We continue with our section dedicated to PCB design by looking at some notions of how a PCB is manufactured. Although it is not really necessary to design PCBs, it is convenient to have at least a slight knowledge of the PCB manufacturing process.
We say slightly, because we are only going to see a general and summarized idea of the manufacturing process. The complete process is a complex industrial process with multiple stages and baths that can also have variations.
However, and within our intention to demystify and “lose the fear” of PCBs, we cannot ignore the manufacturing process. The goal is to have a certain knowledge, so that PCBs are not “that magical thing that is manufactured by who knows how”.
We are going to focus only on the process for 2-layer PCBs, which as we know are very common and the ones we will use at home most frequently. However, the process for PCBs with more layers would be similar, but incorporating a greater number of stages for the intermediate layers.
So let’s take a look at this great and conceptually simple manufacturing process (of course, in practice it is quite complex) and that requires multiple stages perfectly orchestrated to achieve a quality product.
Manufacturing of a 2-layer PCB
We begin this review of the manufacturing process with the lamination of the material, consisting of adhering the upper and lower layers of copper by applying temperature and pressure (of the order of 200º and 25 atmospheres).
Next, the perforations are made (both holes, vias, pads for PTH components) on the board. These perforations can be made either by a CNC mill or by laser cutting.
Once the board is perforated, a non-electrical deposition process is carried out. This coats the walls of the hole with a thin layer of copper, of the order of microns, which connects the top layer to the bottom layer.
On the other hand, through high-precision printers, transparent sheets or films are generated, containing the design of the circuit we want to manufacture.
It is worth noting that the manufacturing process of the internal and external layers is slightly different. Specifically, the printed films are transparent in the areas we want to eliminate in the internal layers, and vice versa for the external layers.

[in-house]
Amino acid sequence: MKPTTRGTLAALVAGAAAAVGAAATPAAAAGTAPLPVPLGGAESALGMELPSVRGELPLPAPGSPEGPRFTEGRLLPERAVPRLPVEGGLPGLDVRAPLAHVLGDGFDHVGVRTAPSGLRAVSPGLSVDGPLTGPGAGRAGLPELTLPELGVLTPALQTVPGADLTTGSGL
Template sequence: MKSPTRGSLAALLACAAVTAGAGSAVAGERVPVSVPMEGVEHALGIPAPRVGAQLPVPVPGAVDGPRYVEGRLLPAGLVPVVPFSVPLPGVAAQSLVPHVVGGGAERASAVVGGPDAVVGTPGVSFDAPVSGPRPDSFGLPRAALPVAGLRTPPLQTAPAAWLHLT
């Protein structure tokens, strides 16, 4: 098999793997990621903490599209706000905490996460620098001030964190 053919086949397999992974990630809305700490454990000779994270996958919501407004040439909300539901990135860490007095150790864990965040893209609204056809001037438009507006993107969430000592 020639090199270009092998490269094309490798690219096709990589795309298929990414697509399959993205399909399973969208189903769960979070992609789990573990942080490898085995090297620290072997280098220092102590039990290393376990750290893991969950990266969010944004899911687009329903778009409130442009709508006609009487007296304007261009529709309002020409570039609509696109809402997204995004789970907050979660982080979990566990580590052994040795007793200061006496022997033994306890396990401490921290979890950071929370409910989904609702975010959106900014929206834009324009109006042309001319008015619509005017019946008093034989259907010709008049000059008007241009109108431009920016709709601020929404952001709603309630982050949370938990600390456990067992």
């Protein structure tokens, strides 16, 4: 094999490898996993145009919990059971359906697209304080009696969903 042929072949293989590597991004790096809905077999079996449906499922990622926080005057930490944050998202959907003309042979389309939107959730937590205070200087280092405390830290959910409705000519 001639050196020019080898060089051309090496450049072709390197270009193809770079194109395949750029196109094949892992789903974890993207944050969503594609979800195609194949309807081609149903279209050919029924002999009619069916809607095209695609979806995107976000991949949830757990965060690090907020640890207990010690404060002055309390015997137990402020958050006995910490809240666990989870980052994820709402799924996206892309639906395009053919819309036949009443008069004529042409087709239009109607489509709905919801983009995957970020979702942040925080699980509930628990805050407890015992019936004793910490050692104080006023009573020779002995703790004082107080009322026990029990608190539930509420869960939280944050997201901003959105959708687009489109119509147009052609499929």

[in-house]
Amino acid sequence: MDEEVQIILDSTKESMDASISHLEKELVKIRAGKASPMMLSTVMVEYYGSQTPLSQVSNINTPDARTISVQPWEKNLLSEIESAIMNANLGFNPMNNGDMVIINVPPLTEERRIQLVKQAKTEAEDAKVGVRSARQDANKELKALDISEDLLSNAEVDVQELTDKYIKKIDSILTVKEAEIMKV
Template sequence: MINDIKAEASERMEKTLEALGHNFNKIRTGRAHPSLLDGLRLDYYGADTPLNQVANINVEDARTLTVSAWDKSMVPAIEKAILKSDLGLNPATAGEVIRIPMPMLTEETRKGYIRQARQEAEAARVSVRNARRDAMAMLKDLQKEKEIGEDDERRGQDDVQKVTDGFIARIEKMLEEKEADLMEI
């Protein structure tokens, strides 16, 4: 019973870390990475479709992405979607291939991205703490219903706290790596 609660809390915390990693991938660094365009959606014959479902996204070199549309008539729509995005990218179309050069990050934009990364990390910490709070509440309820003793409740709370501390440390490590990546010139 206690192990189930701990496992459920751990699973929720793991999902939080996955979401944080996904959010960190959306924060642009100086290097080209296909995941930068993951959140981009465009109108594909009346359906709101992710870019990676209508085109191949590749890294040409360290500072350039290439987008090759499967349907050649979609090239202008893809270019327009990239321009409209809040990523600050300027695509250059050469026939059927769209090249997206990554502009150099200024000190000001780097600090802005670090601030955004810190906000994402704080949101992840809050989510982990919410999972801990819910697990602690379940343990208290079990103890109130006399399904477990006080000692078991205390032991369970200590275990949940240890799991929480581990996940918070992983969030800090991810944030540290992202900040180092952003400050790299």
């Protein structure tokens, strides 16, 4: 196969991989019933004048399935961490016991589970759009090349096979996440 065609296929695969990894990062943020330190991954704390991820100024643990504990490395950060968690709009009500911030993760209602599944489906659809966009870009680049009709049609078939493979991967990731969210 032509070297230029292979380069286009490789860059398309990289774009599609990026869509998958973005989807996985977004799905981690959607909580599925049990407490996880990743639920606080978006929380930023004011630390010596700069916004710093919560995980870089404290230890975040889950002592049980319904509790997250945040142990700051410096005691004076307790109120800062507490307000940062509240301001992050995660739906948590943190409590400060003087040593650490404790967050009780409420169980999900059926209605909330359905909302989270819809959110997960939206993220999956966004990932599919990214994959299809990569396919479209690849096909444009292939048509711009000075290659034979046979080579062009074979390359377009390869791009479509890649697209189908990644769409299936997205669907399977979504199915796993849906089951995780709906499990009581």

Returning to our board, a photosensitive layer is applied. On this, the previous transparent film containing the circuit design is placed, ensuring that all layers are perfectly aligned.
Next, the design is transferred to the board through insulation. For this, it is exposed to a powerful ultraviolet light, which hardens the photosensitive layer only in the areas where the film is transparent.
Then the board is immersed in a series of chemical baths that remove the remains of the photosensitive layer and the copper from the areas we want to eliminate, leaving only the areas corresponding to the circuits.
Next, the protection layer or Soldermask is applied. Typically, ultraviolet light is also used to prevent certain parts (the ones that will remain solderable) from being covered by the Soldermask.
Then the board goes through a series of new baths, after which the exposed copper parts end up covered by a thin layer of tin that will facilitate the subsequent soldering of components and, in addition, protects the copper.
The board then goes to an ink printer, where the silkscreen is printed with texts, annotations.
Finally, the boards are cut into their final shape in a CNC machine. Normally, PCBs are manufactured on larger boards, which contain several designs. This process also divides the overall board into the individual PCBs.
So, in summary, this is the basic process of building a PCB. As we can see, it is a process with multiple stages, but it is enough for us to focus on the most relevant points.
- The transfer of the model is done by photo transfer using two sheets, a photosensitive one applied to the board and another transparent one containing the circuit design.
- Numerous baths are applied with different chemical substances, which deposit or eliminate the conductive materials from the areas we desire.
- There are other mechanical processes such as perforation, silkscreen printing, and contour machining.
All these stages, properly combined, ensure that we have our small PCB in our hands. Pretty impressive, right?
And now that we have seen the basic aspects and the manufacturing of a PCB, it’s time to start talking about the components that we will mount on top, to configure our electronic circuits.
This is precisely what we will dedicate the next entry of the section to, where we will see SMD components versus PTH, and the advantages and disadvantages of each of them.